Systemic acquired resistance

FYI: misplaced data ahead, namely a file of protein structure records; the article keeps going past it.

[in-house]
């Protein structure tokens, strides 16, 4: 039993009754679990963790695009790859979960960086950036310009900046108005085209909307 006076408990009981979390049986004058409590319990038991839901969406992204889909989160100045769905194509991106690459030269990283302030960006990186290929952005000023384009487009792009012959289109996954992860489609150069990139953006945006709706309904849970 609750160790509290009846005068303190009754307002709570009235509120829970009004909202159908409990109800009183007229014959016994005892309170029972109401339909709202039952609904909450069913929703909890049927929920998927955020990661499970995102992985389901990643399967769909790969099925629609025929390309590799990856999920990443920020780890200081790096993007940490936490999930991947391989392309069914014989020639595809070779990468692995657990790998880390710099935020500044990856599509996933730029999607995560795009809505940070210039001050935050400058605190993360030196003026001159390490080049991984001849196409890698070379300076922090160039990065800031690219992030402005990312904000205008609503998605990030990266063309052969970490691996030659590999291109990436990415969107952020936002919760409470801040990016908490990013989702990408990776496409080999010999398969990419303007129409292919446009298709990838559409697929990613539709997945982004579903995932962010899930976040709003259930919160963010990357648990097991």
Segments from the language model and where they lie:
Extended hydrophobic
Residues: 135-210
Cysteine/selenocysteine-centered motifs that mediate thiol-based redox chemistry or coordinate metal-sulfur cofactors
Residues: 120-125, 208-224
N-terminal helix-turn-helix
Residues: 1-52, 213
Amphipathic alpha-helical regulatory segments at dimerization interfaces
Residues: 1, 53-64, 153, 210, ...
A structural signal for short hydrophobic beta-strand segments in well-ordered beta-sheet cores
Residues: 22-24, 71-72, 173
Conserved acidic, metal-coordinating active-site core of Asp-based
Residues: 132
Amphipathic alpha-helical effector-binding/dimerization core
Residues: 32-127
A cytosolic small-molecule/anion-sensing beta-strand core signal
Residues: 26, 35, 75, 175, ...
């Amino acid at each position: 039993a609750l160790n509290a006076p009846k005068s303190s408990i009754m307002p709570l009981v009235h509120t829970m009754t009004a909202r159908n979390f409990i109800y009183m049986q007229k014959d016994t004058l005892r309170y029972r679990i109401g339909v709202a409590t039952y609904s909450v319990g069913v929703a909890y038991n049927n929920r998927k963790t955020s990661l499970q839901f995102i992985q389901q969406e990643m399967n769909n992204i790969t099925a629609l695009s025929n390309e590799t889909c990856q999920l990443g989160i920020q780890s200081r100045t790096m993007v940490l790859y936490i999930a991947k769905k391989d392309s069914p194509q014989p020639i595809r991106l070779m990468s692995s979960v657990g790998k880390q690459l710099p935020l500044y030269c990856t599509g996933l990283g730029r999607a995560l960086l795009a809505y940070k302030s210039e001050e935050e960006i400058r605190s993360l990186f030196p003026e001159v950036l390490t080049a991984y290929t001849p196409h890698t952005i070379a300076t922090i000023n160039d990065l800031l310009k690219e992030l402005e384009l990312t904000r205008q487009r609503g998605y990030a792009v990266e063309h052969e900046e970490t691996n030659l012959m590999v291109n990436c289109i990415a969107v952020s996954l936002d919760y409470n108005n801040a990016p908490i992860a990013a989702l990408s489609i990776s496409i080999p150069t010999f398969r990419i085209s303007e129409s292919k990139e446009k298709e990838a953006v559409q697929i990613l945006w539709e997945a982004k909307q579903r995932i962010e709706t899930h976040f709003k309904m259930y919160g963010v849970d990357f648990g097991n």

The systemic acquired resistance (SAR) is a "whole-plant" resistance response that occurs following an earlier localized exposure to a pathogen. SAR is analogous to the innate immune system found in animals, and there is evidence that SAR in plants and innate immunity in animals may be evolutionarily conserved. Plants use pattern-recognition receptors to recognize conserved microbial signatures. This recognition triggers an immune response. The first plant receptors of conserved microbial signatures were identified in rice (XA21, 1995) and in Arabidopsis (FLS2, 2000). Plants also carry immune receptors that recognize highly variable pathogen effectors. These include the NBS-LRR class of proteins. SAR is important for plants to resist disease, as well as to recover from disease once formed. SAR can be induced by a wide range of pathogens, especially (but not only) those that cause tissue necrosis, and the resistance observed following induction of SAR is effective against a wide range of pathogens, which is why SAR resistance is sometimes called "broad spectrum." SAR is associated with the induction of a wide range of genes (so called PR or "pathogenesis-related" genes), and the activation of SAR requires the accumulation of endogenous salicylic acid (SA). The pathogen-induced SA signal activates a molecular signal transduction pathway that is identified by a gene called NIM1, NPR1 or SAI1 (three names for the same gene) in the model genetic system Arabidopsis thaliana. SAR has been observed in a wide range of flowering plants, including dicotyledon and monocotyledon species. SAR can be activated in corn, however, widely adapted commercial like Benzothiadiazole may not be efficient against P. sorghi causing common rust.
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